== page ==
There is some absolutely insane offshore fishing happing right now off the Northern California coast. From Fort Bragg to Crescent City, the albacore bite has been wide-open. But that’s just part of the story. What has everyone talking is the number of exotic, warm water species. Fort Bragg has seen the widest variety. A wide-open albacore bite on Sunday afternoon 30 miles offshore quickly turned into a tuna frenzy as thousands of 100- to 300-pound bluefin, bigeye and yellowfin tuna made an appearance. Several bluefins were hooked, but the under-gunned anglers didn’t stand much of a chance in landing one of those bruisers. However, there were quite a few bigeyes up to 160-pounds landed. Shelter Cove also got in on the exotic action as a 151-pound yellowfin tuna was landed on Sunday. The lucky boat had several others hooked but anglers were unable to coax them to the boat. Simultaneously, a nice size Dorado was landed right next to the boat fighting the yellowfin. You can’t make this stuff up. Closer to home, both Eureka and Crescent City have seen epic albacore action the last few days. Marc Schmidt of Coastline Charters boated 52 albies Sunday fishing 43 southwest of the entrance. The fish are big, too, sporting a solid 20-pound average. Out of Crescent City, one of the charter boats landed 40 albacore on Monday roughly 50 miles offshore. Weather and ocean conditions look favorable for the next few days. I, for one, can’t wait to see what the next warm-water surprise will be.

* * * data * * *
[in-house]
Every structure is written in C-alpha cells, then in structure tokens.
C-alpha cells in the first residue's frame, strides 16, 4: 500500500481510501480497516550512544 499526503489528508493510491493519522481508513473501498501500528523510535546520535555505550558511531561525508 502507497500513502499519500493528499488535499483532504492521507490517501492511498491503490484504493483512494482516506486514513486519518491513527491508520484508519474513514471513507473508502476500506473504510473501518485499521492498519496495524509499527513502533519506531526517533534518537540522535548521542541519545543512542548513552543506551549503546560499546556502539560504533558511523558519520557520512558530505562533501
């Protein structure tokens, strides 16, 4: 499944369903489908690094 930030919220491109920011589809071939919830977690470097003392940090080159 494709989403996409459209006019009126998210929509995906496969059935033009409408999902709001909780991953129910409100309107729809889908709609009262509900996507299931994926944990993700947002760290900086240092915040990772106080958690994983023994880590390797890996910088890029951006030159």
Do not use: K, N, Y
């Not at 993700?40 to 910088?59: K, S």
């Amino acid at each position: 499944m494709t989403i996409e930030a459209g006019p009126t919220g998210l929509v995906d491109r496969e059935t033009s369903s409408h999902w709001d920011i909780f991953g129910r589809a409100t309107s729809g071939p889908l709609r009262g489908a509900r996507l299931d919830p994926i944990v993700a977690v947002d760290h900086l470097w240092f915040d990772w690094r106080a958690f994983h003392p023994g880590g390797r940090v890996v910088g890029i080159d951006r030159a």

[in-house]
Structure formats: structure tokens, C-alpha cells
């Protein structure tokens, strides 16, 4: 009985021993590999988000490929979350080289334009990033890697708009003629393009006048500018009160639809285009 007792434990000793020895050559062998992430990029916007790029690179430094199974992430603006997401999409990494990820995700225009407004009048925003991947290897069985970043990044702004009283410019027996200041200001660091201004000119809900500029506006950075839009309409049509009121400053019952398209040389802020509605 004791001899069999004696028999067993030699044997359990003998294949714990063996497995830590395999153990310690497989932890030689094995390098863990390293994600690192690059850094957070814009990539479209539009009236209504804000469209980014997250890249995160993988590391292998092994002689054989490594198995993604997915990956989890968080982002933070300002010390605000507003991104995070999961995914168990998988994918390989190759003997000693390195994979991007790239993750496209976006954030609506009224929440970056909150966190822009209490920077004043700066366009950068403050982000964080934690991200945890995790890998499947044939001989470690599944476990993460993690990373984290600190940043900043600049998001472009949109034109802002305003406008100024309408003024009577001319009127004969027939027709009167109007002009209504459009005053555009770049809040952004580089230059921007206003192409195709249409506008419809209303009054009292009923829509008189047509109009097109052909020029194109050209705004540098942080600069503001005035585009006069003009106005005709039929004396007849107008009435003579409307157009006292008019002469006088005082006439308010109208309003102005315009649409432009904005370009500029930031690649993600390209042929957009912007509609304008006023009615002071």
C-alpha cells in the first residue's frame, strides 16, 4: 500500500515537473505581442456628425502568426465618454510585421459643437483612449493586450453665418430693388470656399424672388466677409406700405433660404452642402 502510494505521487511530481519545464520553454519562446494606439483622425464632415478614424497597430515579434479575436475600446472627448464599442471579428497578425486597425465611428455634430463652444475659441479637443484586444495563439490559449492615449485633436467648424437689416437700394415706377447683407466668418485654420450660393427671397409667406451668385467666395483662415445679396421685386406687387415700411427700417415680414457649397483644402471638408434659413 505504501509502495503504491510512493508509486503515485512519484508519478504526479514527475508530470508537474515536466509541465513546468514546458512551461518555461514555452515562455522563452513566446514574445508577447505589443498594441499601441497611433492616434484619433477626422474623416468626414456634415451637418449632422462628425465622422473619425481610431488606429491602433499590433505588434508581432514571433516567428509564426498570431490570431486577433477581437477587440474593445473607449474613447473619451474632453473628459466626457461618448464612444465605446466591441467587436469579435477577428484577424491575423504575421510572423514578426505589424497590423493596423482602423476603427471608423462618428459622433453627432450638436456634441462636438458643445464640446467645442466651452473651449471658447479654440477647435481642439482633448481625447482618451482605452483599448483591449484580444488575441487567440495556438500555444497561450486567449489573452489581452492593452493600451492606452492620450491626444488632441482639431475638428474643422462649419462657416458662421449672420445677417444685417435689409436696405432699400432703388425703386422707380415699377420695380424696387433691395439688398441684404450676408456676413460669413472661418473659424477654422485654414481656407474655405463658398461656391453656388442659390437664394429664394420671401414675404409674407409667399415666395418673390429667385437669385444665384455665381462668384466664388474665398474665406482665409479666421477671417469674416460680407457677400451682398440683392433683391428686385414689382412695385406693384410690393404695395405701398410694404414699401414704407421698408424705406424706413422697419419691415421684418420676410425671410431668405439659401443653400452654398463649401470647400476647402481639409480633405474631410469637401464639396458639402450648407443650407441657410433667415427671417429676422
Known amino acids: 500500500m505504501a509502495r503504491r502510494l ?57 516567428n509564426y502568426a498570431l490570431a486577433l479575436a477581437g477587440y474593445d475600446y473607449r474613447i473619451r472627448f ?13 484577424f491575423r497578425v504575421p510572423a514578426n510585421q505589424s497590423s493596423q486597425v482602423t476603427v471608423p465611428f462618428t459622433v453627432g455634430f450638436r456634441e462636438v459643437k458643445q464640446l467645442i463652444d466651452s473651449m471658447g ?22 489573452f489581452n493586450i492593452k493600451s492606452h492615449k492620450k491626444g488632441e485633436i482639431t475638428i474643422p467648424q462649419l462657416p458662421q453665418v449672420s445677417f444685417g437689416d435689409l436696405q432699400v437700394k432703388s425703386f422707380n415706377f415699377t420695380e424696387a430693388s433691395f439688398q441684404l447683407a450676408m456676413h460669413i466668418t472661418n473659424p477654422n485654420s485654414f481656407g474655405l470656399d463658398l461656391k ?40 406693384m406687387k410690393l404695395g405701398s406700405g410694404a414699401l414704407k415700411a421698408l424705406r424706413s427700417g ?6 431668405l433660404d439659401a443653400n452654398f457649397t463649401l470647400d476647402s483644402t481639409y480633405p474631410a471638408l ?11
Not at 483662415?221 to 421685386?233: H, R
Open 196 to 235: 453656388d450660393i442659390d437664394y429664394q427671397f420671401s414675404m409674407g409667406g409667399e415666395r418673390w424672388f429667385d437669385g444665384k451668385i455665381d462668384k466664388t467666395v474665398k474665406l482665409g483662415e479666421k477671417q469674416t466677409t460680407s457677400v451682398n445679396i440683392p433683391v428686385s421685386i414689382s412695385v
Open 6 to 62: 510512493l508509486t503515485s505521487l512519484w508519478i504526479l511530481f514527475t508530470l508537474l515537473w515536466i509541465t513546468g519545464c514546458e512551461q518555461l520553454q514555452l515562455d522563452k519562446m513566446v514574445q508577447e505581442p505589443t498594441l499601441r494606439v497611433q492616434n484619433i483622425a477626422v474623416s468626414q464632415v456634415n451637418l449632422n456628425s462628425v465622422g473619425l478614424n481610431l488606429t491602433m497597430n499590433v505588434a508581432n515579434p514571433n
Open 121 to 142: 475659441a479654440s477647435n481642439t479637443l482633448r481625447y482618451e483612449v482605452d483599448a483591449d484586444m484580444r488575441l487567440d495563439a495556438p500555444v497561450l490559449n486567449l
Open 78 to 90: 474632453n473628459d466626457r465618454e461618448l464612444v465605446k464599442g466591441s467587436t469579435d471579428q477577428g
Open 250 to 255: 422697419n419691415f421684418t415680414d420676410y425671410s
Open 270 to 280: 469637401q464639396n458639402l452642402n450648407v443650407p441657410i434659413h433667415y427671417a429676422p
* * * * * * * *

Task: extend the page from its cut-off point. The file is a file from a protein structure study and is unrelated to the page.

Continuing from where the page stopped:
Weekend marine forecast
Relatively calm conditions will persist through Thursday before the wind increases slightly by the weekend. As of Wednesday, the forecast out 10 nautical miles for Friday is calling for winds out of the north 5 to 10 knots with north swells 3 feet at five seconds and northwest 2 feet at 11 seconds. Saturday’s forecast is calling for north winds 5 to 10 knots and waves from the north 4 feet at four seconds. Sunday the winds will be from the north up to 5 to 10 knots and west swells 5 feet at 10 seconds. These conditions can and will change by the weekend. For an up-to-date weather forecast, visit www.weather.gov/eureka/ or www.windy.com. You can also call the National Weather Service at 443-7062 or the office on Woodley Island at 443-6484.